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Happy Chanukah to all and to all a good night! Wishing all of our readers a very very happy Chanukah! May the lights shine bright tonight and may the spirit of the season fill you inside and out as you radiate peace, love, and understanding and goodwill to all mankind.
It was nine Chanukah’s ago that the fusion of two ancient cultures came together for the first time the first group of Jews ever got to celebrate Chanukah atop the Great Wall of China. The following article written by Mark Franklin of the Sydney Jewish News and appeared on the Chabad Lubavitch of Beijing China / Jewish Community website records that historic occasion:
Two Australian sisters witnessed the fusion of two ancient cultures when they joined the first group of Jews ever to celebrate Chanukah atop the Great Wall of China.
“I was awestruck by the surrounding scenery and the beauty of our Chanukah at the top of the Great Wall of China, for the first time in history,” said Monika Silver, 25, from Sydney.
“It felt like a special bond had been formed for every Jewish person standing at the top of the wall, a spiritual bond between two ancient cultures.”
Silver was visiting her sister Cherie, 22, who is on exchange in China for a year as part of her international Studies degree at the University of NSW.
“To be able to get a group of people together and go celebrate Chanukah in a country that’s so far removed from Judaism is very unique, especially in such an historic place,” Cherie Silver said.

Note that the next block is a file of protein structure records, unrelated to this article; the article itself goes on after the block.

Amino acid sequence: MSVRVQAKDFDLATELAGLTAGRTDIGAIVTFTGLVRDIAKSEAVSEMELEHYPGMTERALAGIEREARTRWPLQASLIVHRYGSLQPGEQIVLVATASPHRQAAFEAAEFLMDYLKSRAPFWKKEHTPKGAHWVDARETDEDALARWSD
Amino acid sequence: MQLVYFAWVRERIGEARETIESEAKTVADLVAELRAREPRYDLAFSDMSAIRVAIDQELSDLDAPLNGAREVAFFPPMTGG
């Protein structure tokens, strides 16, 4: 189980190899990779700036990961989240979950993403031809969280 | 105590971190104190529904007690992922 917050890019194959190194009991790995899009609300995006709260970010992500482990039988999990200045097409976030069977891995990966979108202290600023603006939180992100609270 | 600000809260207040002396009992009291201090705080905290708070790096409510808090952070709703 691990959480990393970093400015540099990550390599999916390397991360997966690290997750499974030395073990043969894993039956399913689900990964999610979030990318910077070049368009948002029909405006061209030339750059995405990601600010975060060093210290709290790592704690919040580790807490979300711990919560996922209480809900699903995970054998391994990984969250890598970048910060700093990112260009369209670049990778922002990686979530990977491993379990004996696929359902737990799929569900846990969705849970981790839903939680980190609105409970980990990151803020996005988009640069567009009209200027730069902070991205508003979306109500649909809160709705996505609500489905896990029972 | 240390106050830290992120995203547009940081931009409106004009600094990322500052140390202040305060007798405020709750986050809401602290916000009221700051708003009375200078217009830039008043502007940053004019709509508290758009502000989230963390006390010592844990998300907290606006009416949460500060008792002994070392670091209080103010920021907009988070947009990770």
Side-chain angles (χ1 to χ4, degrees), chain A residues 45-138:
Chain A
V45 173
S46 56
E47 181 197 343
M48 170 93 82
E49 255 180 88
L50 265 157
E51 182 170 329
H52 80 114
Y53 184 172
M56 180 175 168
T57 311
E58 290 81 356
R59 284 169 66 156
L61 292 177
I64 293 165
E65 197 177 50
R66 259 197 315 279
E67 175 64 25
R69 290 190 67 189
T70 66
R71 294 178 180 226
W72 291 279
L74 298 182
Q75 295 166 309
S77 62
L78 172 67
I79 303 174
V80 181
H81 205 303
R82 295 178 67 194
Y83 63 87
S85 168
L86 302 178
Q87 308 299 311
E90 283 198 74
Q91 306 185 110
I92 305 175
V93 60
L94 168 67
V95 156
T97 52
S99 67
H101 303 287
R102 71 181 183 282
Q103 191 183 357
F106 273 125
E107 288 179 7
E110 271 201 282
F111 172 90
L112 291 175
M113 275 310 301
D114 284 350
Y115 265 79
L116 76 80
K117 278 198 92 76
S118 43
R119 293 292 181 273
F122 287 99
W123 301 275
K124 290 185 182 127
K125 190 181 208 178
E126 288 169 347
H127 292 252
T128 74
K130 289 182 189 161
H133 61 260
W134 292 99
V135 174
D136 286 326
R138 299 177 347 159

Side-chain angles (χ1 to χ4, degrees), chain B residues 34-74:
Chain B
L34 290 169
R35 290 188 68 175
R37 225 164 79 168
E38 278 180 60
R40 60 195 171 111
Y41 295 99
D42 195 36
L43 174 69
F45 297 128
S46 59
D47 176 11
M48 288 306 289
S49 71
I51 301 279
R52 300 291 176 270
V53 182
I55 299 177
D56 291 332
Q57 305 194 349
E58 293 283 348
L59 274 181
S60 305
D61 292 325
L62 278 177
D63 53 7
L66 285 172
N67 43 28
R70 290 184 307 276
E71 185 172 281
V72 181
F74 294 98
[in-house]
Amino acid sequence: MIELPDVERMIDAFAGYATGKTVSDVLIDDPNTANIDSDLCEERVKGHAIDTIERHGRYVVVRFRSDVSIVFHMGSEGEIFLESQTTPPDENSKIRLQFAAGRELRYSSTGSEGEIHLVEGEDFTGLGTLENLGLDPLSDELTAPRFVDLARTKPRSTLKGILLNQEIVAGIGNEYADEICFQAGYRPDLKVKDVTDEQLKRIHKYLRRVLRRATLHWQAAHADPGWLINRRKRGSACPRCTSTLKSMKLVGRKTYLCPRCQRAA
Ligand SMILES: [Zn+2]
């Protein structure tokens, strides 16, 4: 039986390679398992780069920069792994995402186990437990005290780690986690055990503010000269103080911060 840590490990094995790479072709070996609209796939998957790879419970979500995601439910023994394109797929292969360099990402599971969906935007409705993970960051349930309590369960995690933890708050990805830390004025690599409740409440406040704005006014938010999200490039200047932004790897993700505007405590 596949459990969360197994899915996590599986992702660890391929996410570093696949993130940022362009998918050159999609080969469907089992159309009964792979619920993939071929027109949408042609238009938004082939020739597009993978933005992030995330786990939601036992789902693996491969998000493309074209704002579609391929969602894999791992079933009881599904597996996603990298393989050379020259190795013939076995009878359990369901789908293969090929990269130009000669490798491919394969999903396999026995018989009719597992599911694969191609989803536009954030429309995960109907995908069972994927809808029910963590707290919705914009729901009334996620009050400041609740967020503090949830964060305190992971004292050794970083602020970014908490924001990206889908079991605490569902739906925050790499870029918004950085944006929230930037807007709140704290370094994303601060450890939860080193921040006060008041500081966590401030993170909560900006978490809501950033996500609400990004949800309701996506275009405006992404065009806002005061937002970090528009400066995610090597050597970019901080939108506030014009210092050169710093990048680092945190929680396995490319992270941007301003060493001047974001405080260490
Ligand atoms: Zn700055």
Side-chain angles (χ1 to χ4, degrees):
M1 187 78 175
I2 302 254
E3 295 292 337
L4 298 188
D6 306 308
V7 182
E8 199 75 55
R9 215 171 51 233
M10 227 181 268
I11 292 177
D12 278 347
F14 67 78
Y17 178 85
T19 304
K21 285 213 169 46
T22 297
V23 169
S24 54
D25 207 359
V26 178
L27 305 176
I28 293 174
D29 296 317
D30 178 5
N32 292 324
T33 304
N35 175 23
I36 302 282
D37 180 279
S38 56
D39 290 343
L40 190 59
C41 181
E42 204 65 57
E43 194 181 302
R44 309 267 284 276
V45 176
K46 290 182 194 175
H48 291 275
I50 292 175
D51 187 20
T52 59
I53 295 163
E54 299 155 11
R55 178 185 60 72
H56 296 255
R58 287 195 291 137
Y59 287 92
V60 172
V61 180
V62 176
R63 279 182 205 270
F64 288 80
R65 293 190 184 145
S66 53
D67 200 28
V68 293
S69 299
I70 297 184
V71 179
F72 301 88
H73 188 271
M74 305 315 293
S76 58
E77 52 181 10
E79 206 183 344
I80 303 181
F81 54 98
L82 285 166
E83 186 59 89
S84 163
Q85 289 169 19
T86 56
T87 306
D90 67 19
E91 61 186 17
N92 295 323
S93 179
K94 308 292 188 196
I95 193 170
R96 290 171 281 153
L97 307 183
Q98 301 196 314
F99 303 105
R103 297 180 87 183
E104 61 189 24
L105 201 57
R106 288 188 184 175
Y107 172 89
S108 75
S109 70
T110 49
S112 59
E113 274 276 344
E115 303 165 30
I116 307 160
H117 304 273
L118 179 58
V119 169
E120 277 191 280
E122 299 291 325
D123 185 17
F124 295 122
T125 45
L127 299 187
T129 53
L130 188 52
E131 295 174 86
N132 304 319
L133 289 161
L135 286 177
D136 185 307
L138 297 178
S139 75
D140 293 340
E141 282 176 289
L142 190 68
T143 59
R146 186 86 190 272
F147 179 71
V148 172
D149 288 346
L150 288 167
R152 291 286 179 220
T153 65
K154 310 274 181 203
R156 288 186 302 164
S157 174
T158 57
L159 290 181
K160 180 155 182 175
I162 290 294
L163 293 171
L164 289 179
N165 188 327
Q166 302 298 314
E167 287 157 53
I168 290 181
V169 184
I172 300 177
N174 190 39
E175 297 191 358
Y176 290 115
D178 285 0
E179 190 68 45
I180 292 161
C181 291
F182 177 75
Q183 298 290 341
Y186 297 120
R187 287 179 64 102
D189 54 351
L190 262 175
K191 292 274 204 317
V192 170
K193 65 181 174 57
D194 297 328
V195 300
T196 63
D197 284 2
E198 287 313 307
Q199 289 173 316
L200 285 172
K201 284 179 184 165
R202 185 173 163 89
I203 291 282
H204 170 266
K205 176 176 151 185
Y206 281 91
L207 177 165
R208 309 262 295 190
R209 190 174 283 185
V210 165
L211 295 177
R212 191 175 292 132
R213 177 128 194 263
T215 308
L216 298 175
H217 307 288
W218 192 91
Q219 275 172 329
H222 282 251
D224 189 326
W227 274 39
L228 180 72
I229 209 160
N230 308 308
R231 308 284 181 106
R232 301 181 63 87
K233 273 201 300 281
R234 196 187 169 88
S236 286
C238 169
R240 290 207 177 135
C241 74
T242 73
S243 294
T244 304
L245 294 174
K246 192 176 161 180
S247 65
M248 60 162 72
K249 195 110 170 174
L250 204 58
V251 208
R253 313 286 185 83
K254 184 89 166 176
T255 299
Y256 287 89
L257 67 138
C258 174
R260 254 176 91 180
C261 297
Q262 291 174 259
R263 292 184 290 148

Shimon Freundlich, Rabbi of Chabad Beijing, which hosted the ceremony, said the blessings and invited the vice-president of the China Great Wall Society, which helped coordinate the event, to light the Chanukah.
Speaking at the event, Israel’s ambassador to China, Dr. Yehoyada Haim, said: “This is a historical moment where two great and ancient civilizations come together.”
More than 200 Jewish travellers and members of Beijing’s Jewish community gathered at the Mutianyu site of the wall out-side the Chinese capital to light the first Chanukah candle.
After the candle was lit, they stood in the blistering cold to sing Chanukah songs and eat latkes and donuts prepared by Rabbi Freundlich’s wife.
It was the first time that China had permitted the lighting of Chanukah candles in an official setting, as Judaism is not recognized as an official religion by China’s communist government.
The bond between Jews and Chinese pre-dates that historic Chanukah by thousands of years though! And if you’re in China this Chanukah, check out these Kosher Chinese restaurants in China!
Humbly submitted for your consumption,
—Mee Magnum (“Chop! Chop!”)